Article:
Academy trusts need “more support and capacity building” rather than Ofsted inspections, the academies minister said today.
Explaining more about the government’s decision not to push ahead with MAT inspections, Barran added ministers thought it would not be “a helpful thing to do at this point”.
The government’s recent regulatory and commissioning review did not include plans to inspect trusts, despite its terms of reference stating it would look at trust-level inspection.
At present, Ofsted carries out summary evaluations of trusts by batch-inspecting some of their schools.
Speaking at the Schools and Academies Show this morning, Barran said ministers “felt we need to put in more support and more capacity building because so many trusts are young and not yet fully mature”.
“[We] weren’t sure it was really a helpful thing to do at this point”.
Barran added that the review’s expert advisory group had also warned ministers not to “introduce MAT inspections without thinking about school inspection”.
“Because to layer one thing on another just creates a huge burden – so that’s literally where we are at in our thinking.”
An Ofsted report last month found the current inspection model does not hold MATs “sufficiently accountable” or attribute enough credit to their work.
While Barran said “it’s absolutely not on the agenda for either Nick Gibb (schools minister) or I and we’ve talked about it a lot”, she said that was “not to exclude it sometime down the track”.
MAT descriptors ‘won’t be algorithm’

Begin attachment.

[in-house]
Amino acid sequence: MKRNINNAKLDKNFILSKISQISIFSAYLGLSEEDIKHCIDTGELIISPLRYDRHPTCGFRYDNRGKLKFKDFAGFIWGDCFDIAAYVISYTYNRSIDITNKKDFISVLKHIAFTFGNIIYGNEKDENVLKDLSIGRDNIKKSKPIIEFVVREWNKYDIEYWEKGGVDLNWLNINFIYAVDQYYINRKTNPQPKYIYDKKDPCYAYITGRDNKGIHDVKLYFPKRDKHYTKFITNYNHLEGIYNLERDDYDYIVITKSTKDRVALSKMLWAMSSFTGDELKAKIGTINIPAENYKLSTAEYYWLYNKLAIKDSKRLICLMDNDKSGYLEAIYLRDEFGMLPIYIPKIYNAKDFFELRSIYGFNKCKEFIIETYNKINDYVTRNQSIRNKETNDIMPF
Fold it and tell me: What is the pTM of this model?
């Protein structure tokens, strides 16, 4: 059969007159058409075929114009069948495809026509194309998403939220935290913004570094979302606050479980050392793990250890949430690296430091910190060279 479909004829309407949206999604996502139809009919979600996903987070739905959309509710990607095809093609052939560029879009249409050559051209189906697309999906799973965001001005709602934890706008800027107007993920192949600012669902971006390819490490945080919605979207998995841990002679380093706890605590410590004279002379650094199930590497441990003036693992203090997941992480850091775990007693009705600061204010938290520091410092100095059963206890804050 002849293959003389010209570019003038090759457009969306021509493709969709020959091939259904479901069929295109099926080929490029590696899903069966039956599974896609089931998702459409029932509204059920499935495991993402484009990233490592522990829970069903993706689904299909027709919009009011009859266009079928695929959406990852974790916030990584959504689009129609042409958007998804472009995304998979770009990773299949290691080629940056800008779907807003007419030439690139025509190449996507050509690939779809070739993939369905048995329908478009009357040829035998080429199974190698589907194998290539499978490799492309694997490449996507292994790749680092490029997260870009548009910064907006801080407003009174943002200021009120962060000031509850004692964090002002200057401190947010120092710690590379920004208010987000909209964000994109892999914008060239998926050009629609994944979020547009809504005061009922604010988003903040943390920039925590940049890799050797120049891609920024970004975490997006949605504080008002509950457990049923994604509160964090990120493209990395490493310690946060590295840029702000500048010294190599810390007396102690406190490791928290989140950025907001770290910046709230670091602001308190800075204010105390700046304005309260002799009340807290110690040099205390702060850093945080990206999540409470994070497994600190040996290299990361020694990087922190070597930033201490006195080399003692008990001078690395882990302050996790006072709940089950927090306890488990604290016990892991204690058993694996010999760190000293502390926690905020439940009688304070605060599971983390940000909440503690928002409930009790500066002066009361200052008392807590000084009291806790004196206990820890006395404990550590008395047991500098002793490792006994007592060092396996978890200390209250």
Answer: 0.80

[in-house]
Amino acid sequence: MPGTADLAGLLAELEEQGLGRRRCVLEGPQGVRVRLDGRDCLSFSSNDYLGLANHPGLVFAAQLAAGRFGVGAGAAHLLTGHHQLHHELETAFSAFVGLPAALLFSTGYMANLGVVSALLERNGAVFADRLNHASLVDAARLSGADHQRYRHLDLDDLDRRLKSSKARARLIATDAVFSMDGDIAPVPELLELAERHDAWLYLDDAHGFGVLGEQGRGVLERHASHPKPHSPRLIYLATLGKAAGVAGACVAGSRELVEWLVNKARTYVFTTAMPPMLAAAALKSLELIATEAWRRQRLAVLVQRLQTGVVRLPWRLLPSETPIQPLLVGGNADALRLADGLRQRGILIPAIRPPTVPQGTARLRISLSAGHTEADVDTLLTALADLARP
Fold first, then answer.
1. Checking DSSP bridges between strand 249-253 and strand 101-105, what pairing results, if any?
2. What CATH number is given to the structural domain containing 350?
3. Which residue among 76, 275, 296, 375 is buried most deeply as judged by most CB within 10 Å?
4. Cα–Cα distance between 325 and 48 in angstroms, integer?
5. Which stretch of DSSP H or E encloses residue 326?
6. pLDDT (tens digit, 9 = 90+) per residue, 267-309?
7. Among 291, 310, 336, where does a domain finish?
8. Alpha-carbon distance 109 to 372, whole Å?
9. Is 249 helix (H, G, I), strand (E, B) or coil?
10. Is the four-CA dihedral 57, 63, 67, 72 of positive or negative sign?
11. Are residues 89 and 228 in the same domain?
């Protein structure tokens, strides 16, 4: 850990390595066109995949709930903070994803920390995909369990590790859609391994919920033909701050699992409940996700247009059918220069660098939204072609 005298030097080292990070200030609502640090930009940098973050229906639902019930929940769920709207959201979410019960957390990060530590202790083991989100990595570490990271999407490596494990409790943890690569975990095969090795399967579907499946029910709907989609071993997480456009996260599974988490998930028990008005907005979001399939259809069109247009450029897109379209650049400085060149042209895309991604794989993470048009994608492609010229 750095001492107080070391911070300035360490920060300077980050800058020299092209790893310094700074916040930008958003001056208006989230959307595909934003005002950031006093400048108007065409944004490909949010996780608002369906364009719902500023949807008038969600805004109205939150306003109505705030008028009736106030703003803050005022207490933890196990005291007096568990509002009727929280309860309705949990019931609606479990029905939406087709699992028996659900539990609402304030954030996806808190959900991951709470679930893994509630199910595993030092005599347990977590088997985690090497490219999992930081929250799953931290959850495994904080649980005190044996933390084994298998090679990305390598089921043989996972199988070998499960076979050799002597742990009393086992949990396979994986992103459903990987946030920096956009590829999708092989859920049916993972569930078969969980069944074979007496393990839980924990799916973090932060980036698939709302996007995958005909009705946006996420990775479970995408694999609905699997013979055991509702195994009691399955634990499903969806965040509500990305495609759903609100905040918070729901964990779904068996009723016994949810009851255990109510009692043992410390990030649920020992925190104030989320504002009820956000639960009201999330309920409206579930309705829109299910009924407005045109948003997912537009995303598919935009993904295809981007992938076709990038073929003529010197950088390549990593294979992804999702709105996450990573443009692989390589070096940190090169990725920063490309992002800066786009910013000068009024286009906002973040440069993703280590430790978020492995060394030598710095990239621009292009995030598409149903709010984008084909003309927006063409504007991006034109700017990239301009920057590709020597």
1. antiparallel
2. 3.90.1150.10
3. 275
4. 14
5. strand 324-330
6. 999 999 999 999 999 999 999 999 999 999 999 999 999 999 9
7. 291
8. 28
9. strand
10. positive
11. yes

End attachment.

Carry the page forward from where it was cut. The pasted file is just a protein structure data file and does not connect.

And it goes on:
As part of the academies commissioning review, the government pledged to introduce a new, “more transparent” system of decision making over school sponsorship, conversion and trust mergers.
Barran wants an approach that is “as transparent as possible… Because what we’ve heard from all of you was it felt like it was at best a black box, and at worst a kind of list of the friends of the regional director.
“And I think we would say that’s not what it feels like on our side of the fence. But if that’s what it feels like on the other side of the fence, we have to address that.”
Government has published new quality descriptors for trusts, which will be used to help inform commissioning decisions.
But Barran today insisted the new approach to commissioning would not equate to “a kind of algorithm that sends people to the top or the bottom”.
“It’s to push us to make sure we are always objective in our decisions and that it pushes us to ask good questions before we make decisions.
“In no place in the framework does achieving a quantitative metric mean, you know, pass [go], earn £200, get a new school.”
She acknowledged there was a “huge amount of concern” about the government’s plans, but said they would “help us ask questions and understand in a more nuanced way”.
‘Friendlier’ trust handbook, but more capital duties
Barran said today that “overall you will see a slimmer, shorter and friendlier handbook. I think it will be significant change this year, more change next year. There’s some things we just can’t implement quickly enough.”
But she said there would be new things too, “principally around school capital and the responsibility of responsible bodies around that and where we felt there wasn’t enough in there.”
Barran reportedly told an attendee after the session that the handbook is due in July. Last year’s was published just days before the start of the new academic year.